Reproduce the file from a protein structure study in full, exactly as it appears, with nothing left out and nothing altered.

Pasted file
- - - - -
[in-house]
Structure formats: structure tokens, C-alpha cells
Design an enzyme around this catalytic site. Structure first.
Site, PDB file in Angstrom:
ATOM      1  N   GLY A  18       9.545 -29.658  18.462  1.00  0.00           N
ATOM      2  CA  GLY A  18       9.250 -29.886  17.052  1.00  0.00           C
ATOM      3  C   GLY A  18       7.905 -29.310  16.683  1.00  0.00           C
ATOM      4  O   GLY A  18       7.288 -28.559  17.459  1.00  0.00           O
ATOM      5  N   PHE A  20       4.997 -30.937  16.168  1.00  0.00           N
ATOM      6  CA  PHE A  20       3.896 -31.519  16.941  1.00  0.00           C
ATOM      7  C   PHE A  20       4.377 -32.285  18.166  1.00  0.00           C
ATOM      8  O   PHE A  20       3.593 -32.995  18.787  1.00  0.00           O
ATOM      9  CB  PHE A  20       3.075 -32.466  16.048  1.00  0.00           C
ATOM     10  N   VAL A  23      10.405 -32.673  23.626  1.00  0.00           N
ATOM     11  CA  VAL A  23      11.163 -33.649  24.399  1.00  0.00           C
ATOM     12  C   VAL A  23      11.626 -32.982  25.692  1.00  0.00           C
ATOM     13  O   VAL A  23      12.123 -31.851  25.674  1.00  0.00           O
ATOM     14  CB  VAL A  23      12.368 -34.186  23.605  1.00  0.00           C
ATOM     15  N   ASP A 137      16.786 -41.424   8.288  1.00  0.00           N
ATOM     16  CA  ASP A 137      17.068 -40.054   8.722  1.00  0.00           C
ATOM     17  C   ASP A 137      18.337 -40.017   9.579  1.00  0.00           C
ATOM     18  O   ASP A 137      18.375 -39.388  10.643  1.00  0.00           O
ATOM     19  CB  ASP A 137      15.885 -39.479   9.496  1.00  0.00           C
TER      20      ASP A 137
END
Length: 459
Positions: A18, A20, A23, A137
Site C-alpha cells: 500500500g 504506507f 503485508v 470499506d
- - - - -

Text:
[in-house]
Structure formats: structure tokens, C-alpha cells
Design an enzyme around this catalytic site. Structure first.
Site, PDB file in Angstrom:
ATOM      1  N   GLY A  18       9.545 -29.658  18.462  1.00  0.00           N
ATOM      2  CA  GLY A  18       9.250 -29.886  17.052  1.00  0.00           C
ATOM      3  C   GLY A  18       7.905 -29.310  16.683  1.00  0.00           C
ATOM      4  O   GLY A  18       7.288 -28.559  17.459  1.00  0.00           O
ATOM      5  N   PHE A  20       4.997 -30.937  16.168  1.00  0.00           N
ATOM      6  CA  PHE A  20       3.896 -31.519  16.941  1.00  0.00           C
ATOM      7  C   PHE A  20       4.377 -32.285  18.166  1.00  0.00           C
ATOM      8  O   PHE A  20       3.593 -32.995  18.787  1.00  0.00           O
ATOM      9  CB  PHE A  20       3.075 -32.466  16.048  1.00  0.00           C
ATOM     10  N   VAL A  23      10.405 -32.673  23.626  1.00  0.00           N
ATOM     11  CA  VAL A  23      11.163 -33.649  24.399  1.00  0.00           C
ATOM     12  C   VAL A  23      11.626 -32.982  25.692  1.00  0.00           C
ATOM     13  O   VAL A  23      12.123 -31.851  25.674  1.00  0.00           O
ATOM     14  CB  VAL A  23      12.368 -34.186  23.605  1.00  0.00           C
ATOM     15  N   ASP A 137      16.786 -41.424   8.288  1.00  0.00           N
ATOM     16  CA  ASP A 137      17.068 -40.054   8.722  1.00  0.00           C
ATOM     17  C   ASP A 137      18.337 -40.017   9.579  1.00  0.00           C
ATOM     18  O   ASP A 137      18.375 -39.388  10.643  1.00  0.00           O
ATOM     19  CB  ASP A 137      15.885 -39.479   9.496  1.00  0.00           C
TER      20      ASP A 137
END
Length: 459
Positions: A18, A20, A23, A137
Site C-alpha cells: 500500500g 504506507f 503485508v 470499506d